We’re approaching the end of Week 2 of the SOOP program, and SMSJ’s been through some big changes. Our EDEN gardens are growing, and we’re not just talking about the vegetables! This week, I sat down with Julian, a 16-year old drama major at School of the Arts, and Randy, a 17-year-old UPrep student, to hear about what they’ve been up to this week.
On Monday afternoon, our SOOP interns installed 11 new raised beds at SMSJ’s newest garden, located at 1199 Culver Road. Braving the extreme heat and a few minutes of heavy rain (surprise!), the interns spent the afternoon drilling boards together, laying down cardboard, and filling up the new beds with a mixture of soil and compost that will nourish the crops they plant. Randy told me that his work in the garden has been “a good learning experience,” and that he’s been really impressed by “how a garden can make a whole community come together.” Julian agreed, adding, “the value of the whole neighborhood goes up because of the effort people put into the garden.”
Our new beds at the 1199 garden will enhance our ability to grow food for our Beechwood neighbors, and by next growing season, they have the potential to add hundreds of pounds to our overall yields! If you’d like to see the results of interns’ hard work for yourself and be part of the first stages of growth at our new garden, we invite you to join our community for work sessions at 10:00 am on Mondays. No gardening experience necessary—just come ready to have fun and get your hands dirty!
Our interns haven’t just been working in the garden this week. They’ve been able to take not one, but two field trips to different organizations in our community. These trips have allowed the interns to expand their view beyond SMSJ’s gardens and learn more about how food justice is being served in Rochester.
On Tuesday, the interns took a trip to Foodlink, where they assisted with a number of building maintenance projects. Both Randy and Julian had positive things to say about their service experience: Randy says he enjoys helping in the community because “you get t learn about people and how they would go about things,” and Julian says that he gets “this positive feeling about the community” whenever he’s involved in a community service project.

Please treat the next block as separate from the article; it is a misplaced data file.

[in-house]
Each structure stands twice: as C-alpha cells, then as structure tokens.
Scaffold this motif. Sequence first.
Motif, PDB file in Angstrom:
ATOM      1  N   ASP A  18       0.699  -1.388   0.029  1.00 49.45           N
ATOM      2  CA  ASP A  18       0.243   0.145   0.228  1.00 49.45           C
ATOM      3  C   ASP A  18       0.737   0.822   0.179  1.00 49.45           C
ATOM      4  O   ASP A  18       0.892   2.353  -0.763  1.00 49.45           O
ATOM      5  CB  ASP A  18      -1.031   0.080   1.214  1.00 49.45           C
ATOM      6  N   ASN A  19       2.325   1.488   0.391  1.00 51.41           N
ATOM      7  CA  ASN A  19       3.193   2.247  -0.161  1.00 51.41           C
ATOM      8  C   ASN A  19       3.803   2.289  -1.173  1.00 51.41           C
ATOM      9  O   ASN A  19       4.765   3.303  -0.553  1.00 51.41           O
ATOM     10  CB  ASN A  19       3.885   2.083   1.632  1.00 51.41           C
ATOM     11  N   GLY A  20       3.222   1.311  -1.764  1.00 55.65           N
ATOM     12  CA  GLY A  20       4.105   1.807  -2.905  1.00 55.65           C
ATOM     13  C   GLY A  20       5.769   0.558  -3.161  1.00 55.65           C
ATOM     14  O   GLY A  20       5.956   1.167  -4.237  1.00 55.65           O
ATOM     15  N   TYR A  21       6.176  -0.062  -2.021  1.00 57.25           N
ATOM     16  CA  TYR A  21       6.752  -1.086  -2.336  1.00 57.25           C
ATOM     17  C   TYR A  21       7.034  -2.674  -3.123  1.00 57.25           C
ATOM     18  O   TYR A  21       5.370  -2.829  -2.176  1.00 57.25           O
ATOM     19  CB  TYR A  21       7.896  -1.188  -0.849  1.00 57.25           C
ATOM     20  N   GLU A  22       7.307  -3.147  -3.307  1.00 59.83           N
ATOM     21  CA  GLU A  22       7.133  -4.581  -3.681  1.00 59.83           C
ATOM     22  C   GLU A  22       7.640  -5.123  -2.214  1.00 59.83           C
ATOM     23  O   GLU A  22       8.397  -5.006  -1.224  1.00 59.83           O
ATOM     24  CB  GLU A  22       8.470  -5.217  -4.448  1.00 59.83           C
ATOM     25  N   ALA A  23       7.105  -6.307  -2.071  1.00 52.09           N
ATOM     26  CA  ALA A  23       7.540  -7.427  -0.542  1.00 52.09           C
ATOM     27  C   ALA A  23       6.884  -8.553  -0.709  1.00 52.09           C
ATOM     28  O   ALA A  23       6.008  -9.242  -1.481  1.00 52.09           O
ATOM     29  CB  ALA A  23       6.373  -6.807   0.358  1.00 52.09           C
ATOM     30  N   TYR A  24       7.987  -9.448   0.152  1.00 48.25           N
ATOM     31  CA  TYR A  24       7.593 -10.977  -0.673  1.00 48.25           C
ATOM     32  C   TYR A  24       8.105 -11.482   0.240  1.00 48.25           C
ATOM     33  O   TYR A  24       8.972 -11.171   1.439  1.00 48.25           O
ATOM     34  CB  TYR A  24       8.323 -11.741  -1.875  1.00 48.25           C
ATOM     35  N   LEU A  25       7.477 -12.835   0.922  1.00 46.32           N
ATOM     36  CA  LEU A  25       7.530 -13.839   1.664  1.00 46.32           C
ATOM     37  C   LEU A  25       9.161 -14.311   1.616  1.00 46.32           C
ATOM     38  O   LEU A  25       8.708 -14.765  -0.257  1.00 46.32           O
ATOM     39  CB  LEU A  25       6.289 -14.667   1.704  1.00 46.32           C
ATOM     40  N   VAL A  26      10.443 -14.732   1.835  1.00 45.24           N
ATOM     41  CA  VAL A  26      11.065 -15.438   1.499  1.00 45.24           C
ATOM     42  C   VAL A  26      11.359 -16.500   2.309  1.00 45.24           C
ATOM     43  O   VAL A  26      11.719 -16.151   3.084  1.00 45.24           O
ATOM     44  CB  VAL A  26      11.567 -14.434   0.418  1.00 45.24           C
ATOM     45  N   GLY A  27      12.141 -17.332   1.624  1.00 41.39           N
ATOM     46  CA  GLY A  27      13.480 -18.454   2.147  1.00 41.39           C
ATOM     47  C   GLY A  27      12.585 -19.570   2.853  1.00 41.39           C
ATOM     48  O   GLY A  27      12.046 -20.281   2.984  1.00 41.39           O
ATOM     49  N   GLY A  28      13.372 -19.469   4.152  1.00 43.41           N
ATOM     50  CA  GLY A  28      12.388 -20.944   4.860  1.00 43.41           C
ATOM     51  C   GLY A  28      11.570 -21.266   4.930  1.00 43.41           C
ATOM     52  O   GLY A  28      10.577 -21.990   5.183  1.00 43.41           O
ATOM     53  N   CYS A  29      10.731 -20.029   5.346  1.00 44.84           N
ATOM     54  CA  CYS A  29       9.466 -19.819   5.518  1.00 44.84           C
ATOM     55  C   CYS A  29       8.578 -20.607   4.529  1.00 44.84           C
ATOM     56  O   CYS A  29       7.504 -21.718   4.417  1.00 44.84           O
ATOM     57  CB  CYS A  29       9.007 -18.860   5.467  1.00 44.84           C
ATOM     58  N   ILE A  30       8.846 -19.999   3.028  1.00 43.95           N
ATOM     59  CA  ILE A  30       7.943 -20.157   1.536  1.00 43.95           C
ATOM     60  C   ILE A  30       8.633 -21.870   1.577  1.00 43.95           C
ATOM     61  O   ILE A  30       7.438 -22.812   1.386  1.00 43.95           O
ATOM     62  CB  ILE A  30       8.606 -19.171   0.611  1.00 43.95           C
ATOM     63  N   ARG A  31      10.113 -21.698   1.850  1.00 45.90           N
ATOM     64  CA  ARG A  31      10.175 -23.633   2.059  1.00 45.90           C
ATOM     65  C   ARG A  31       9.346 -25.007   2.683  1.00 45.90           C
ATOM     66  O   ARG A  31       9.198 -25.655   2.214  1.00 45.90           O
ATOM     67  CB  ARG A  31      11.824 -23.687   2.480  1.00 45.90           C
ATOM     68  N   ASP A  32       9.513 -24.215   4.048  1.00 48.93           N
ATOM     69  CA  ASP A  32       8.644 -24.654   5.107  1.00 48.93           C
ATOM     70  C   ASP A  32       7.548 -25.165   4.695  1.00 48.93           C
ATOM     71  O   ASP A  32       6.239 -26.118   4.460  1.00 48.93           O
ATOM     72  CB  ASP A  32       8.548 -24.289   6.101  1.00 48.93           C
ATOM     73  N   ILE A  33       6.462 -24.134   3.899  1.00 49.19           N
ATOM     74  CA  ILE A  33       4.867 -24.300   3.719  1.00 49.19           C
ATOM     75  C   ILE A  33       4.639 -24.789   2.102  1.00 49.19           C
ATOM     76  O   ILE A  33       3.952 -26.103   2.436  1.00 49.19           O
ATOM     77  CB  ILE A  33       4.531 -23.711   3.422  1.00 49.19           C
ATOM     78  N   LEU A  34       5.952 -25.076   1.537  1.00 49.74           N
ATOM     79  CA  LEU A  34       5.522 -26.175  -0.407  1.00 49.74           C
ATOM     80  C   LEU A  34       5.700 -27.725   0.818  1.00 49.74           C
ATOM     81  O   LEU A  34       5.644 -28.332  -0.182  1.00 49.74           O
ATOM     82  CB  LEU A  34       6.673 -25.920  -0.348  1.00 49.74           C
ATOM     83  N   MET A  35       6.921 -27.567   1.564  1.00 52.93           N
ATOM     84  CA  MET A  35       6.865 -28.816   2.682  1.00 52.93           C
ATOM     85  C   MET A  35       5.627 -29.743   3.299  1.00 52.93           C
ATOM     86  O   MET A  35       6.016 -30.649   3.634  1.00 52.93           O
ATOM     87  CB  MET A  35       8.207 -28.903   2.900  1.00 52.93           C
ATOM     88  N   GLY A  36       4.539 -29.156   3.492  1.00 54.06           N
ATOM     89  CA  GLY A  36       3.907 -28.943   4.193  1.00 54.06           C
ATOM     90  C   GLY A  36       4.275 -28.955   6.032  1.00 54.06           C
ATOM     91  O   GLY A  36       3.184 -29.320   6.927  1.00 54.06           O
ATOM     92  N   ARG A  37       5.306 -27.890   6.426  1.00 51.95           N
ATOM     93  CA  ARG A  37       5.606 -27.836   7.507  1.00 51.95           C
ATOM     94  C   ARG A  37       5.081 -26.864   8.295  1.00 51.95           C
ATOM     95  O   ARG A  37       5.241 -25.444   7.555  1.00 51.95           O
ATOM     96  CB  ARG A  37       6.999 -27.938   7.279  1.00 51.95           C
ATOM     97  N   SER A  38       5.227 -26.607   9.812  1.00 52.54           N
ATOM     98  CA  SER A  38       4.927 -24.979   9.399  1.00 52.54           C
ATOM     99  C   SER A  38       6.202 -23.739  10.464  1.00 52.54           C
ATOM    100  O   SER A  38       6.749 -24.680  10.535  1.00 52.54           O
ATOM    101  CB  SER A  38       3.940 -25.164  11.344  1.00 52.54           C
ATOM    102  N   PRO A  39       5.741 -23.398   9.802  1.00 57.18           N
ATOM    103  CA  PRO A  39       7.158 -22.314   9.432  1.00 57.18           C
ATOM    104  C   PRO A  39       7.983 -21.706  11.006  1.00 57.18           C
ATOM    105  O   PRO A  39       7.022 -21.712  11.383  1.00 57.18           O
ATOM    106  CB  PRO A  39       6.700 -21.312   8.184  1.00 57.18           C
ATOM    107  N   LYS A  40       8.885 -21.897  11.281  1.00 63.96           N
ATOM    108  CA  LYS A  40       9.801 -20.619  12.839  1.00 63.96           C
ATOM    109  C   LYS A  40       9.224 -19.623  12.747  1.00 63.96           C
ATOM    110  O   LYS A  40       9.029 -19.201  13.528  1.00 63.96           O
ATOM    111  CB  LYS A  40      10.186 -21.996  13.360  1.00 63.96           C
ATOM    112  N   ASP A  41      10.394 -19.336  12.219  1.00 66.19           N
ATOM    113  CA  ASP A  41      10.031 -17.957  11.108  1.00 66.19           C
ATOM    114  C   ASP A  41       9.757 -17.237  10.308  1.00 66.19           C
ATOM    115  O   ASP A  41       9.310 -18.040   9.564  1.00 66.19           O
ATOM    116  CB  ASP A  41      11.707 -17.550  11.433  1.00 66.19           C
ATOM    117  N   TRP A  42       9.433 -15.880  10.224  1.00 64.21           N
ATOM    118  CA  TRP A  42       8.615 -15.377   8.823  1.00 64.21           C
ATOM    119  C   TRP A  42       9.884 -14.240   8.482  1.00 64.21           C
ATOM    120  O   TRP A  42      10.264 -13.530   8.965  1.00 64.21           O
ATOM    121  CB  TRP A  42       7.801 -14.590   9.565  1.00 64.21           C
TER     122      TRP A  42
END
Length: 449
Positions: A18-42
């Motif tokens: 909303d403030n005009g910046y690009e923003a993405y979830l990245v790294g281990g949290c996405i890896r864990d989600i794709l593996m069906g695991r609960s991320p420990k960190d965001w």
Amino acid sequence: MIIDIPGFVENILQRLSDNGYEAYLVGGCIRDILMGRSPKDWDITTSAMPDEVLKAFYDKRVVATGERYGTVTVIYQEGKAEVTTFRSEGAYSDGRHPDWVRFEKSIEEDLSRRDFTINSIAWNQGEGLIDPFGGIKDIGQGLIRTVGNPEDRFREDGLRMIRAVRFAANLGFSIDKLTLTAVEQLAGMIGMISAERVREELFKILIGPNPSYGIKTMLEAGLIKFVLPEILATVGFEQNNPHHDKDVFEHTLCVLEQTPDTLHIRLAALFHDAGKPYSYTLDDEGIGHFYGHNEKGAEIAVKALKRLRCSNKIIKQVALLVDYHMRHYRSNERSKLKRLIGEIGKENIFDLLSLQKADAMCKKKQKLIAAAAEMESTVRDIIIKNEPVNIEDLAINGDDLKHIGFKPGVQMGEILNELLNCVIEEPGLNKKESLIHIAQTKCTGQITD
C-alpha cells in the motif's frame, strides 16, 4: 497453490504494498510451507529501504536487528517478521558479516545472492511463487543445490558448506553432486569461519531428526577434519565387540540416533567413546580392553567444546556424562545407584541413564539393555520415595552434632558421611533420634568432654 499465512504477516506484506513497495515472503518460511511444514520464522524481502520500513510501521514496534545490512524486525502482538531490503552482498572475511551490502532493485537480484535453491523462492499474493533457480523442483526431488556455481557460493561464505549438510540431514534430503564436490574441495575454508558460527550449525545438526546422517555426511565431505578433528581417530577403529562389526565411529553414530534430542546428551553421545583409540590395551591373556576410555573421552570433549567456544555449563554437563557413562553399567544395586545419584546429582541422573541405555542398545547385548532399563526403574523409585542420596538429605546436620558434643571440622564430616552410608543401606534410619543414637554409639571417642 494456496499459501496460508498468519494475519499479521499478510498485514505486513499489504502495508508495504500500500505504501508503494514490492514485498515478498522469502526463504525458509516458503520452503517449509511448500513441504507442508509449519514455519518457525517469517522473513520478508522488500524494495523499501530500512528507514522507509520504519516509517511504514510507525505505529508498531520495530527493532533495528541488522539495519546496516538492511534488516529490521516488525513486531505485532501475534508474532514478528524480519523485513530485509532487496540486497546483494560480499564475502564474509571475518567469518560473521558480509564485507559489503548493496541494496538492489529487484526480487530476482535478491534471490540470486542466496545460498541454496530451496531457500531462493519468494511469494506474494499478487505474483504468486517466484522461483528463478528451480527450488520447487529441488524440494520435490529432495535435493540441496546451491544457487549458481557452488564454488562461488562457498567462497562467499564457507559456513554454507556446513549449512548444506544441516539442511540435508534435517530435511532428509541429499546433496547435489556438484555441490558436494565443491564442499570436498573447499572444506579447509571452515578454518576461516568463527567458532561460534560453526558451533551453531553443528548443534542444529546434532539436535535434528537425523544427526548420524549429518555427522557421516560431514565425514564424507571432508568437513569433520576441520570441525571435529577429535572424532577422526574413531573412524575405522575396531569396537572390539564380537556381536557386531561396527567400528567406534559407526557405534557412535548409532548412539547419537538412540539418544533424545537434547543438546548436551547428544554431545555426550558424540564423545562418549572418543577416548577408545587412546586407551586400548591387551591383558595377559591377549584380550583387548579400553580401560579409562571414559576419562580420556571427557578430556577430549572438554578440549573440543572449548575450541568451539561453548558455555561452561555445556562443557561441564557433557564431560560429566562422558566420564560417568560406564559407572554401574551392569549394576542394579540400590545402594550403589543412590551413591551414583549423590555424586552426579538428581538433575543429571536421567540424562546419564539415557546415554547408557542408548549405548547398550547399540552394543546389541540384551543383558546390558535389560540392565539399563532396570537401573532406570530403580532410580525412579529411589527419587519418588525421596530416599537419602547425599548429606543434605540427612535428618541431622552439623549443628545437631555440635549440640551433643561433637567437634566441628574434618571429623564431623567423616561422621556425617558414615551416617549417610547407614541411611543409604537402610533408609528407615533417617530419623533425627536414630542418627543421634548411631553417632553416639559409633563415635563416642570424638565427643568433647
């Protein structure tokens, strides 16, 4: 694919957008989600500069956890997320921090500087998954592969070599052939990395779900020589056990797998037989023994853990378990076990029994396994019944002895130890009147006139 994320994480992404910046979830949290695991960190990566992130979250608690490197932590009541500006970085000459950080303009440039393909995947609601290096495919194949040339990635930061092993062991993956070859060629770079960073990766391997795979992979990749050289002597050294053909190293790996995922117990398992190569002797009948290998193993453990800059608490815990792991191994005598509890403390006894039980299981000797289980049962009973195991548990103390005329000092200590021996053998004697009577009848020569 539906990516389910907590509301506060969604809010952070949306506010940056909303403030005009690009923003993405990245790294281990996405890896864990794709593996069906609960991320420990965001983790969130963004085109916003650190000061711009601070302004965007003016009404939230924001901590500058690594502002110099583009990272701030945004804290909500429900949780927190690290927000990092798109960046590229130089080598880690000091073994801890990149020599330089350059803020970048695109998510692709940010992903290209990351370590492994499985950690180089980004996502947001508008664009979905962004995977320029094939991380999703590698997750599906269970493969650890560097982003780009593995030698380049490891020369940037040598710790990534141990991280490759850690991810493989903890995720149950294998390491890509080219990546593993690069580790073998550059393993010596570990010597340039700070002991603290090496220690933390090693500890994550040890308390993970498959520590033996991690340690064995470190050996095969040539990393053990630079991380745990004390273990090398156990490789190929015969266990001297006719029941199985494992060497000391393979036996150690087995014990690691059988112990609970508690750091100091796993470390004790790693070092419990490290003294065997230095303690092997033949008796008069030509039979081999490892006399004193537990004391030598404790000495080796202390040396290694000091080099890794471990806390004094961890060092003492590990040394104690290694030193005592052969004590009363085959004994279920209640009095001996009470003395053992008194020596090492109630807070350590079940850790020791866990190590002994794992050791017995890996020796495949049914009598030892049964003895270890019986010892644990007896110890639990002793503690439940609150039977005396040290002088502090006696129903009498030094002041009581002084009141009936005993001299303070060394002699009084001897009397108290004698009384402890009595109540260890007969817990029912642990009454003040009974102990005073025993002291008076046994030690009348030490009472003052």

The interns’ exploration of the community didn’t stop there! On Thursday, the interns received a tour of Taproot Collective’s First Market Farm, located right next door to the Public Market at the corner of Pennsylvania Avenue and First Street. Julian and Randy pointed out a lot of differences between the First Market Farm and the EDEN gardens: they grow some different crops, they use materials differently, and they collect and repurpose rainwater. However, they also noticed a lot of similarities: some of the crops we grow are the same, and we both use mulch and compost.
Randy and Julian have learned a lot about gardening in Rochester over the past two weeks. Randy reported that just like SMSJ, Taproot Collective is “trying to encourage the neighborhood to own the garden and get them more involved.” Julian has learned that “the city isn’t a good environment for garden building because they sell properties from under the noses of gardeners.” Urban farmers across Rochester have similar goals and similar challenges, and we’re glad that the interns were able to be exposed to the way another organization runs their farm. Thanks to Taproot Collective for showing the interns around!
Our interns have been building relationships with our neighbors, various community organizations, and perhaps most importantly, each other. Our interns come from all over the city, and they each have a unique perspective to contribute to the group. As Julian put it, “you’re constantly reformatting your perspective based on other people’s different perspectives. That’s the best part of this internship: the coworkers.”
Stay tuned for more news from the SOOP interns—we can’t wait to show you what they do next!